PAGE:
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An Interview With Louie Anderson

By Danny Coleman

originally published: 06/23/2017

“I never wanted to be a comic. It’s not something that I ever said I wanted to grow up and be,” said world class comedian and actor Louie Anderson who performed at South Orange Performing Arts Center on June 17.

Be it by accident or eventually by design, he’s turned being a comedian into an award winning career. “I went with some friends to a comedy club and saw these guys who I didn’t think were really very funny,” he recounted in an almost apologetic tone. “So when we left, my friends said to me, ‘If you think you’re funnier, you should give it a try’ and I thought; why not? So I went back to the same club the next week and I did well and thought to myself, hey, I can do this and I haven’t stopped since.”

Three Emmy awards, countless movie and television appearances as well as being named by Comedy Central as, “One of 100 Greatest Stand-up Comedians of All Time,” has all come his way over the last 30 years. However, like most, it was timing and a nice break that led to his career opening up.  After deciding to pursue comedy, he entered the 1981 Midwest Comedy Competition, hosted by comedic legend Henny Youngman.  Anderson took home the first place trophy. Youngman found his work and style to his liking and employed him as a writer.

Youngman is one of several key comedic influences who shaped Anderson’s career; others include Bob Hope, Jack Benny, and the great Johnny Carson.  Anderson made his national television debut on Carson’s Tonight Show in 1984.

“Johnny, Bob Hope, they had such great writers,” he stated. “I learned so much from these guys.  And Johnny, well he was a friend to all young comedians; I’d have to say he was my favorite. Johnny was a mid-western guy like me and we have similarities. Jack Benny had the timing. I mean the way he’d just roll the eyes or give that look was perfect. Bob Hope, I modeled my delivery somewhat after him. Hope had this way of delivering his material that was, well, there’s not been anyone like him since.”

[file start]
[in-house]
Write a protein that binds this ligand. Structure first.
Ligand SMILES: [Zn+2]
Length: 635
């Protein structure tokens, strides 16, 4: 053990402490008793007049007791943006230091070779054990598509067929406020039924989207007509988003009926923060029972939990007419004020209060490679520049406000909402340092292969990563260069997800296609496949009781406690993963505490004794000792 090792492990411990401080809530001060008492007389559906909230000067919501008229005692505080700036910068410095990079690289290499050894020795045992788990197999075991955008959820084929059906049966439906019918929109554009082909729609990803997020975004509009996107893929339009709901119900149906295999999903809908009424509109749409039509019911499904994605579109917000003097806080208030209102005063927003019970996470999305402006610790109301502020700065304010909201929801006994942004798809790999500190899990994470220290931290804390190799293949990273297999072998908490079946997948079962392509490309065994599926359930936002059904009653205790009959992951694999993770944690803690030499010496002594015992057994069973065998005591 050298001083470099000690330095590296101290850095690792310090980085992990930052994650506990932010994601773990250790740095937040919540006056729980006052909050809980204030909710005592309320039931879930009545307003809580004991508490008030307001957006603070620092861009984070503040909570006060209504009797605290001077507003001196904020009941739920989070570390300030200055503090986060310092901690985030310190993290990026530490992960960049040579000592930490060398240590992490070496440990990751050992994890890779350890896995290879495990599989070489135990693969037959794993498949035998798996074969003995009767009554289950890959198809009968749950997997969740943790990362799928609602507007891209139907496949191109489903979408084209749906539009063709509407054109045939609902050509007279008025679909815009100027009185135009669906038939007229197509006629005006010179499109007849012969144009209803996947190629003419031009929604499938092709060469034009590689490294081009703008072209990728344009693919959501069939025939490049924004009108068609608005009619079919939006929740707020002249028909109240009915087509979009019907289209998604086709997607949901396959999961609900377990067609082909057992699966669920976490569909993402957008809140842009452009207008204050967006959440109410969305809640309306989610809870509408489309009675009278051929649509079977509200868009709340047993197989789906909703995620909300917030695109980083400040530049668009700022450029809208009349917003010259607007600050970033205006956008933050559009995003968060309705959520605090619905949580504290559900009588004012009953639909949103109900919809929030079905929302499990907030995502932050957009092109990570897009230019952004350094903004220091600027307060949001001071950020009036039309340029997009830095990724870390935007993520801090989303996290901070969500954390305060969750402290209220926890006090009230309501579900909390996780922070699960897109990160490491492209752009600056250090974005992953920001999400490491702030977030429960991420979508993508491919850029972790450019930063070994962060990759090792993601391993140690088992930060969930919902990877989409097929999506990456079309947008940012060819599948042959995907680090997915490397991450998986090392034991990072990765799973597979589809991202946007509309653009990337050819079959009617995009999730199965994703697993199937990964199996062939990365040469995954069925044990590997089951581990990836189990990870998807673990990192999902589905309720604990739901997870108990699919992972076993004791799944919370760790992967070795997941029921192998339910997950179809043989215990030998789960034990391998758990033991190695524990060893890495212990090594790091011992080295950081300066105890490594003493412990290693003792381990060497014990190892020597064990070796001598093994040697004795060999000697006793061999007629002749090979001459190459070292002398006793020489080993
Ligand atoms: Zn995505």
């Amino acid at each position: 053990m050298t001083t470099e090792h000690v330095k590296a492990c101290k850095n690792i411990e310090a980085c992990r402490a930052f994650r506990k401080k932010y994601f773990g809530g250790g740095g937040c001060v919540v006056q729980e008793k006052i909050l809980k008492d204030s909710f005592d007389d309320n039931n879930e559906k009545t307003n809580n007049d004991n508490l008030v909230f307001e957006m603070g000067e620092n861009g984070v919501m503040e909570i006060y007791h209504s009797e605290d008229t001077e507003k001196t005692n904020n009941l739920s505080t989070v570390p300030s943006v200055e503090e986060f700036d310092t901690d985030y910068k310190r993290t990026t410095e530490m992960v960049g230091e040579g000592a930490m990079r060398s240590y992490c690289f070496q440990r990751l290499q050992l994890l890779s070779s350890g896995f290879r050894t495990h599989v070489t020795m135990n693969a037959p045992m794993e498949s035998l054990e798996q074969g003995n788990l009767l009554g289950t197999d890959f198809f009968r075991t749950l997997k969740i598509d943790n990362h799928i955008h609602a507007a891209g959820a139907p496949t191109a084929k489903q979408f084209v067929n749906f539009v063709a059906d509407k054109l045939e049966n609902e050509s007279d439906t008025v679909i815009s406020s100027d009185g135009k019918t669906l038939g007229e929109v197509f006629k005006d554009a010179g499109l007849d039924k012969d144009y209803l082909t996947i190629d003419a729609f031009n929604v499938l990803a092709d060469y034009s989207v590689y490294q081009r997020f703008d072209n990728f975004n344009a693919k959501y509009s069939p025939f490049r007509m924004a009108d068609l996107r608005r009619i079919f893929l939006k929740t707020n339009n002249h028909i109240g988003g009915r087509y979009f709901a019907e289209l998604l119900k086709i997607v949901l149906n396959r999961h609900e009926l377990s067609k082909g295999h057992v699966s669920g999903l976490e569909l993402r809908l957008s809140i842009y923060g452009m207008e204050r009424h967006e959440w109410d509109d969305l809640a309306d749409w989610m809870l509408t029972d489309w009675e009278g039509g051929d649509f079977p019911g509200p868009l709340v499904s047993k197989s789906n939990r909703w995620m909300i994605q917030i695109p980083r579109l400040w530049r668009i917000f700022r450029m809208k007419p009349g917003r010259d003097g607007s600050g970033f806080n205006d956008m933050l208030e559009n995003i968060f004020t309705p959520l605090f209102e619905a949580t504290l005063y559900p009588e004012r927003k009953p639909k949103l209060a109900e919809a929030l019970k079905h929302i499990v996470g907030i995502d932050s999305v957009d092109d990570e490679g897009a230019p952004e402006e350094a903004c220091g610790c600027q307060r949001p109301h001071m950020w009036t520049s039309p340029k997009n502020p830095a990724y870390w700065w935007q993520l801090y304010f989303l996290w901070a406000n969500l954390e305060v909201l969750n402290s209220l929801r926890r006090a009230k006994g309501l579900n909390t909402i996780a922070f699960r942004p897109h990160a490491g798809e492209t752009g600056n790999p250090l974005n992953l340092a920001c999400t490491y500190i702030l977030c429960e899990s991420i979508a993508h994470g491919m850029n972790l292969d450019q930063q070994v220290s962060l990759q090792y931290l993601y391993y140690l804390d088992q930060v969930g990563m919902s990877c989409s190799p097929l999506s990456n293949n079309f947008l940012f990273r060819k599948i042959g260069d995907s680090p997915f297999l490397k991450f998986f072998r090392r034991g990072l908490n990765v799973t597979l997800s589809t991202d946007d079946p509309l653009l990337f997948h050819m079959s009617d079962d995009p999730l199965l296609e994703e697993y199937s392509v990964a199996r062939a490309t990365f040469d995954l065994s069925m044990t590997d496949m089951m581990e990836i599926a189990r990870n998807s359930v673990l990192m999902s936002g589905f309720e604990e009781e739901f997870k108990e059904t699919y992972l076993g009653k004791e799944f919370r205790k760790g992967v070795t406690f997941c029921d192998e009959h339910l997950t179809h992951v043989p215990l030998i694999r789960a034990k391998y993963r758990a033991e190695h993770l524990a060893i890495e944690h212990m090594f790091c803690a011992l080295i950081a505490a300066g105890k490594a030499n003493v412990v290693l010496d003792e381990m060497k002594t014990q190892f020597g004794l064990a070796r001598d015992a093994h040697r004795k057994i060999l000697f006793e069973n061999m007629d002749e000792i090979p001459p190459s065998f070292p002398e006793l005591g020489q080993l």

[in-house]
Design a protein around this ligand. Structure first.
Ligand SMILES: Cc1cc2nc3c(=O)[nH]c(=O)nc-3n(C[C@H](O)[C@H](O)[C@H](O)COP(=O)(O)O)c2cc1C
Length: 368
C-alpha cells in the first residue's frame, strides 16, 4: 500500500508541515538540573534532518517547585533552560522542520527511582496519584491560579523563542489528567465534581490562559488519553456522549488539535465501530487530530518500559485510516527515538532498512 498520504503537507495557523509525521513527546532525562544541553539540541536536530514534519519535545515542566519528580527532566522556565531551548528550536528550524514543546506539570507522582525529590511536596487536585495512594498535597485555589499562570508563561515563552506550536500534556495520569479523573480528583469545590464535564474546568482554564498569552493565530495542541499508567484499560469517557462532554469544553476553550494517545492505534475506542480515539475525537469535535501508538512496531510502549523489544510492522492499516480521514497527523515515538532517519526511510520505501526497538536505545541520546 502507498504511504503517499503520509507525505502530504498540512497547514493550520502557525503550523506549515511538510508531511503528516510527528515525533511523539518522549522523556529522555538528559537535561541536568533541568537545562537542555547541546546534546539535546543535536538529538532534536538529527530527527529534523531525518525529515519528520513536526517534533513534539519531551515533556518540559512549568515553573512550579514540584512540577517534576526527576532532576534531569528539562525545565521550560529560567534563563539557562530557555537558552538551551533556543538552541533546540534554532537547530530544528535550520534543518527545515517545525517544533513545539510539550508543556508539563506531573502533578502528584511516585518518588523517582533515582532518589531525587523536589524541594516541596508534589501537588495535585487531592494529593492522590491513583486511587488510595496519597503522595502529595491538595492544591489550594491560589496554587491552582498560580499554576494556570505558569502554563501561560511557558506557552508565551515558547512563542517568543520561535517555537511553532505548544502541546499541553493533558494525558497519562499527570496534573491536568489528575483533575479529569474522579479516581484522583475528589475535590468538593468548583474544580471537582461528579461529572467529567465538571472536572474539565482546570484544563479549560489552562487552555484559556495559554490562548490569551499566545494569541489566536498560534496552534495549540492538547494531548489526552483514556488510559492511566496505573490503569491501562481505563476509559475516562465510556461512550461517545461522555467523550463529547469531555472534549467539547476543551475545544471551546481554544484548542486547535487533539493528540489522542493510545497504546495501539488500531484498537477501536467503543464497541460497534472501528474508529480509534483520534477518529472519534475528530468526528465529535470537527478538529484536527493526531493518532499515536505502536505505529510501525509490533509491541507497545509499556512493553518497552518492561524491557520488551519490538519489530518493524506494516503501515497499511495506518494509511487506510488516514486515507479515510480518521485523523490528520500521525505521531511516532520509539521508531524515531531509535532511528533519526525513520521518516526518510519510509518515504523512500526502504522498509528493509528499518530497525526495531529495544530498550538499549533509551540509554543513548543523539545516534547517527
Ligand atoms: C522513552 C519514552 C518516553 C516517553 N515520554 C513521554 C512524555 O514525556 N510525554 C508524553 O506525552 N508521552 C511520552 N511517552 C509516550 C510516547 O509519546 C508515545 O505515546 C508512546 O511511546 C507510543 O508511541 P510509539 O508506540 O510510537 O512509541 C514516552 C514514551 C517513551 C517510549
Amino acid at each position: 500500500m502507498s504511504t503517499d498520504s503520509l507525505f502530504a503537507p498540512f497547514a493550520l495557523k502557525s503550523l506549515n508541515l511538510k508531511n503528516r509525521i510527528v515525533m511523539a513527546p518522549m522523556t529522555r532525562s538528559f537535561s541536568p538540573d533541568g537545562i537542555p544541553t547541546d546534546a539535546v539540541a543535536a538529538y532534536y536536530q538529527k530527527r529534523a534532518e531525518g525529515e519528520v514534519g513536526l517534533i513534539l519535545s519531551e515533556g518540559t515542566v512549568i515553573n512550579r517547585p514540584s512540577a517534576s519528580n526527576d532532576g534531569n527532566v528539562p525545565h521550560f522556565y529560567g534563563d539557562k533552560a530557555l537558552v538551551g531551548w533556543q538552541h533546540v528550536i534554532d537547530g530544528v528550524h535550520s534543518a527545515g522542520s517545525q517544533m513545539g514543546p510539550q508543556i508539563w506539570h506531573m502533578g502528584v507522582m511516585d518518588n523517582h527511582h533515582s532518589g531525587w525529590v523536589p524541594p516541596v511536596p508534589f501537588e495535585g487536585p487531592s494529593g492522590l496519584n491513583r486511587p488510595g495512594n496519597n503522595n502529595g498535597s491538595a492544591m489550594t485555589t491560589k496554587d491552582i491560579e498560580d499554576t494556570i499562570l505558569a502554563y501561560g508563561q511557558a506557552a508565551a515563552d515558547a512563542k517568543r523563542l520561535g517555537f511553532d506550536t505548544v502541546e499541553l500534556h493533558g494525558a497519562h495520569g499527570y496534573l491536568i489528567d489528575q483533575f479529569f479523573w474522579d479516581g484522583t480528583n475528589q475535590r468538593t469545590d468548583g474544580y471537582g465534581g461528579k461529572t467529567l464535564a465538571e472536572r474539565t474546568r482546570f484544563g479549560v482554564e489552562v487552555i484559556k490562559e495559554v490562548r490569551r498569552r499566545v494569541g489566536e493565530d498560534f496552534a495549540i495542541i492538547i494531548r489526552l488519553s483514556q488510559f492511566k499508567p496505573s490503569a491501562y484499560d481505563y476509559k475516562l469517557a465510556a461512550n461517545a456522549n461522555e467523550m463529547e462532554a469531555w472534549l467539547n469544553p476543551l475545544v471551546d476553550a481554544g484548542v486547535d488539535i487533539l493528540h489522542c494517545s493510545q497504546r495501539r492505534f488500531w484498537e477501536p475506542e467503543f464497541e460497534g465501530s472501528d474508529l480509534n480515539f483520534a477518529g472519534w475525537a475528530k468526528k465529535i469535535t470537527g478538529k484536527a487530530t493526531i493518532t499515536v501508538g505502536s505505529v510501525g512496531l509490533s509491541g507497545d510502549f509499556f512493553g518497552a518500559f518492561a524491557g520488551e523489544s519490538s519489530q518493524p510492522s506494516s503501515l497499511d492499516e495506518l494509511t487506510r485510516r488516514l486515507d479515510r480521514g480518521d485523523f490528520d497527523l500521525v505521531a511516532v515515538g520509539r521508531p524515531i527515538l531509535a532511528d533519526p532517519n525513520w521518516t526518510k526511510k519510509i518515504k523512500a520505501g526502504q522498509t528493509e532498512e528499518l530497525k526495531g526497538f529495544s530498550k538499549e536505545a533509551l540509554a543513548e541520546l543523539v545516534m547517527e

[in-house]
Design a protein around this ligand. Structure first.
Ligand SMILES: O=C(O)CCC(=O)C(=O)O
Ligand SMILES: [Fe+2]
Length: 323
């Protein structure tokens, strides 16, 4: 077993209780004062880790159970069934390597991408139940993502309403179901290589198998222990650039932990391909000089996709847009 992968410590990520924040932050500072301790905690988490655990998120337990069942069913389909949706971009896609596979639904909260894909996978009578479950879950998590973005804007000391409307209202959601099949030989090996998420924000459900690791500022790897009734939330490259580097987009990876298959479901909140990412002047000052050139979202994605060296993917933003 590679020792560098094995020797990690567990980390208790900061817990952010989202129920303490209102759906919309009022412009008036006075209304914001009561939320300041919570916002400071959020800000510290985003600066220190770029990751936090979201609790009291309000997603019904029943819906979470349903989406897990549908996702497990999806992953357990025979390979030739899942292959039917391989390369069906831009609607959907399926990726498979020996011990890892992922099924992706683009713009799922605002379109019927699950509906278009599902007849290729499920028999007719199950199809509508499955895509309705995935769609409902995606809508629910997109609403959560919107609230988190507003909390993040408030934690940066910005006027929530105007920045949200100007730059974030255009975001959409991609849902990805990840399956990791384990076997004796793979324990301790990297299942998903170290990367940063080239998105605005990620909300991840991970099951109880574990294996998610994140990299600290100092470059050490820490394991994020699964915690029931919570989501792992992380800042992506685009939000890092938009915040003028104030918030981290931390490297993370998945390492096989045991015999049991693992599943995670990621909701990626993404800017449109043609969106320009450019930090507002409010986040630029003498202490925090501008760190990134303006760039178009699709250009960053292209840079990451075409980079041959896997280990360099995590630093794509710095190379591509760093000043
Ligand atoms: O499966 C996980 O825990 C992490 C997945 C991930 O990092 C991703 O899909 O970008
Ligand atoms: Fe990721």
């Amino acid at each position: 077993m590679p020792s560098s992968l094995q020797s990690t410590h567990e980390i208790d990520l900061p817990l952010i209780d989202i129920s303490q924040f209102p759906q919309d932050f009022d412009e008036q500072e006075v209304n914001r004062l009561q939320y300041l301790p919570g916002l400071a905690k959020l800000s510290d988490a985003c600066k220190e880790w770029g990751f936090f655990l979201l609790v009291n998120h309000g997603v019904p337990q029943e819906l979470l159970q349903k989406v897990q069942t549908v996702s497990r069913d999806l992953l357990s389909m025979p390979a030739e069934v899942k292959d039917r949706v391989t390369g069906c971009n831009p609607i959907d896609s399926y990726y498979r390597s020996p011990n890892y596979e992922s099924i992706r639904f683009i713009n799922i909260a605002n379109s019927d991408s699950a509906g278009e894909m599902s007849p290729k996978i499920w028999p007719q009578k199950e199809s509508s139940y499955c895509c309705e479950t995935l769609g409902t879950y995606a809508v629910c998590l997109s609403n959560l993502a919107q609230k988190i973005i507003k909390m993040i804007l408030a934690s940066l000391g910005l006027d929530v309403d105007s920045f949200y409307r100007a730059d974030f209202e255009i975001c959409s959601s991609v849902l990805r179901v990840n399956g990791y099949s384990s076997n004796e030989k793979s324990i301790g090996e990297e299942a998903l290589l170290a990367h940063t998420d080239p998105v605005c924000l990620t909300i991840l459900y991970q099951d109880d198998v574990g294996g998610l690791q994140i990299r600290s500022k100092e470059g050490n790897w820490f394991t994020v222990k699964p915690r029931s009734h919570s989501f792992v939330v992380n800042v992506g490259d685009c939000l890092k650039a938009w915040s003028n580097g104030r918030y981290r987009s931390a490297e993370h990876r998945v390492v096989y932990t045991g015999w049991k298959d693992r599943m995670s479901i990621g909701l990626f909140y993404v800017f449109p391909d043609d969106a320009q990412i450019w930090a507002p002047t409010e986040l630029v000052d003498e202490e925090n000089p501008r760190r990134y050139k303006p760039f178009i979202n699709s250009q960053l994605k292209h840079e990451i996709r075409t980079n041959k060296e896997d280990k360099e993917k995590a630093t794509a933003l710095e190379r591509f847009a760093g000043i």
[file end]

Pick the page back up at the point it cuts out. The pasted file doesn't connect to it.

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Word spread quickly of Louie’s style, at times self-deprecating, mixed with stories of his family, his childhood, and friends.  Soon Hollywood and television came calling. 

“I thought I might be a singer,” he laughed. “My dad was a jazz trumpet player. He played for Hoagy Carmichael’s band and he kind of helped steer me away from that; he was a glass is half empty kind of guy. Growing up with so many siblings (Louie is one of eleven children), I have no shortage of material and my life was funny at times. When I got the call to be in the Eddie Murphy movie, Coming To America, that was nice; especially since it helped open some doors for me. Margaret Loesch of ‘Fox Kids’ approached me shortly thereafter and said, ‘We think you could do a series.’  She introduced me to the animator Matt O’Callaghan and he drew me some pictures. I was totally enamored with the idea so we made a pilot episode and it was well received so Fox said, ‘let’s make another 13 episodes.’  We did that for three years and then they sold the program and the network and that ended the run.”

The run produced three Emmy awards for Anderson and the animated series; one for, “Outstanding Sound Editing” and two for, “Outstanding Performer in an Animated Program.” It also garnered three Humanitas Prize awards for animation in a children’s series. “That felt great and was unexpected,” says Anderson of the Emmy awards. “It was very fun being nominated and I was surprised when I won because I was up against Ed Asner and Robin Williams.”

Anderson was part of a class of comics when he began in the ‘80s that were fortunate to be able to take their acts to places all over the globe via the growth of cable television. HBO half hour specials as well as taped programs from comedy clubs such as Dangerfield’s, Caroline’s, and The Improv. When asked who he fancied as a comedian, either a peer or of today’s generation, he confidently responded “Jim Gaffigan.” 

“Gaffigan is a lovely human being,” said Anderson.  “I love all comedians because I know what they go through and I’m a big fan of comedy, but Jim is special. How anyone can have that much material and stay above board is a true talent. He keeps it clean and he’s funny.” 

These days, Anderson keeps busy with his stand-up and the role of Christine Baskets on the hit FX comedy series, Baskets, for which he won his third and most recent Emmy in 2016. Louie plays the part of a woman, a role which he modeled after his mother and sisters. He also includes the character into his current routine. 

What can we expect from Louie in the future? “More stand-up, more new material, I’m working on a new one hour special, my sixth one of those. I’m going to be on Colbert doing stand-up; my life is as good as it gets now and I’m really enjoying myself.”

Danny Coleman is a veteran musician and writer from central New Jersey. He hosts a weekly radio program entitled “Rock On Radio” airing Sunday evenings at 7:000pm EST on multiple internet radio outlets where he features indie/original bands and solo artists.

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